At first, it seemed like the perfect evening. Your date took you to that Italian place downtown — you know, the fancy one that got the three-star review in the paper? Soon after you were seated, the sommelier sauntered over to your table and recommended a bottle of Barolo, circa 1997. Your boyfriend took your hand in his and said, “Anything for her,” which thrilled you, because you’re well aware that that’s one expensive bottle of vino. Soon after that, the attractive waitress shimmied across the room and plunked two menus down on your table. After she recited the specials, you turned to face to your handsome guy, intending to negotiate the appetizer selection. Just as you were about to ask him if he’d rather have the mussels or the calamari to share, your mouth snapped shut in dismay.

Why? Because he was staring into the server’s eyes, smiling, totally unaware of you. Not looking, not glancing... staring. Needless to say, the good vibes were shattered instantly. So what exactly is going on when a man checks out other women in your presence? And does it always mean that your relationship is doomed to fade and eventually end? Let’s find out what the experts say about this not-uncommon dilemma.
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Is checking out someone else during your date ever OK?
Many a man has been busted by his sweetheart for checking out another woman at the bar, grocery store, or office holiday party, and many a man has attempted to wriggle off the hook by saying, “What?! I’m not blind, you know…” That may seem like a pretty bogus defense, but Andrea Lavinthal, co-author of The Hook-Up Handbook: A Single Girl’s Guide To Living It Up, doesn’t dismiss that excuse entirely. “Nowhere in the official relationship handbook does it say that you have to be totally blind to other people,” she says. “I mean, who can ignore the salespeople at Abercrombie & Fitch? I don’t know anyone who shops there for the clothes. It’s natural to stare... for a little while.”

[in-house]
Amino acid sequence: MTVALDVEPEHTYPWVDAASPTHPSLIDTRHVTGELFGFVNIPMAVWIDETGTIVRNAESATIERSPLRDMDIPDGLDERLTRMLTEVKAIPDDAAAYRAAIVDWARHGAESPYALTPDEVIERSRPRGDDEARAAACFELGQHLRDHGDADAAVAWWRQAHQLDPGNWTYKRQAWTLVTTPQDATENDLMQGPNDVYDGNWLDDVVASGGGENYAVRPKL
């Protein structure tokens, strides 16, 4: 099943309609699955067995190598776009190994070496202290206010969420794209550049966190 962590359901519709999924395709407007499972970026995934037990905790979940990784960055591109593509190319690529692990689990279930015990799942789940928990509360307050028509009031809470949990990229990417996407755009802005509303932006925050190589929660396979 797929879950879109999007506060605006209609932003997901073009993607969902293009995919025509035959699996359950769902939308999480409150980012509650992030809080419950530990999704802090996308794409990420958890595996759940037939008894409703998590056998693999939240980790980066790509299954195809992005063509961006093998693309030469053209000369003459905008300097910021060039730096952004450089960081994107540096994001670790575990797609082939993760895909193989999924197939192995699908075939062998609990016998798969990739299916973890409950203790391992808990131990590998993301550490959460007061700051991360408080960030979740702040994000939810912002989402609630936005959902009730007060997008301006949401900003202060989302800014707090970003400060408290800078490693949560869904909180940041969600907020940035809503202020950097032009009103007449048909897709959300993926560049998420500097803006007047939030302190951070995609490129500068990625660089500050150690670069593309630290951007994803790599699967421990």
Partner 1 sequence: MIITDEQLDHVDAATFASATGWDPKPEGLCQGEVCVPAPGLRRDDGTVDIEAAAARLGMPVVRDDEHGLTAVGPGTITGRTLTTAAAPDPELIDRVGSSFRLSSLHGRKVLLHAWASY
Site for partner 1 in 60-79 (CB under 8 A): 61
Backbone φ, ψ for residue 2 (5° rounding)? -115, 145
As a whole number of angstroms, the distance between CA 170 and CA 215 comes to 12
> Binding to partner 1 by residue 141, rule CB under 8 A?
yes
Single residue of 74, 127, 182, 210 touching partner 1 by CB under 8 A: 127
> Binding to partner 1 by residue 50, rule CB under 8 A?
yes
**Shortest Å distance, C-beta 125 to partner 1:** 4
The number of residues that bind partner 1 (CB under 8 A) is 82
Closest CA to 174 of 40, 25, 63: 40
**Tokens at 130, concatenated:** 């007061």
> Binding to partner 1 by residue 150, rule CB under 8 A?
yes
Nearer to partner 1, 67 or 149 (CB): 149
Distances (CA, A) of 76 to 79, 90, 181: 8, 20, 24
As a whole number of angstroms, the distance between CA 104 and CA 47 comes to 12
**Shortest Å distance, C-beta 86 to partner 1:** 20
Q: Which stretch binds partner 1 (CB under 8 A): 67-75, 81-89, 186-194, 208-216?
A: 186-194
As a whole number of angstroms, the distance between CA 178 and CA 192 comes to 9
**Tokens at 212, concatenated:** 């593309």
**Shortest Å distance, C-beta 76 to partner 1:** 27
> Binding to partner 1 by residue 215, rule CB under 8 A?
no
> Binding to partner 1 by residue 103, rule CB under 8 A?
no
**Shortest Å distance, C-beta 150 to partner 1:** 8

In truth, the length of the ogle (not that you’re timing it or anything) does matter. Lingering looks are a real no-no, says Dr. Gilda Carle, relationship expert and author of Don’t Bet On The Prince! How To Have The Man You Want By Betting On Yourself. “There’s curious looking, and there’s out-and-out gawking,” she explains. “The first is normal and healthy; the second is just insulting — especially when you’re right there with him.” And Lavinthal expounds further, adding: “Is your date just casually checking her out and then back to gazing into your eyes (which is not a big deal), or is he drooling all over himself and completely distracted by this person? Because that is a problem.”

The scientific reason why a guy’s eye wanders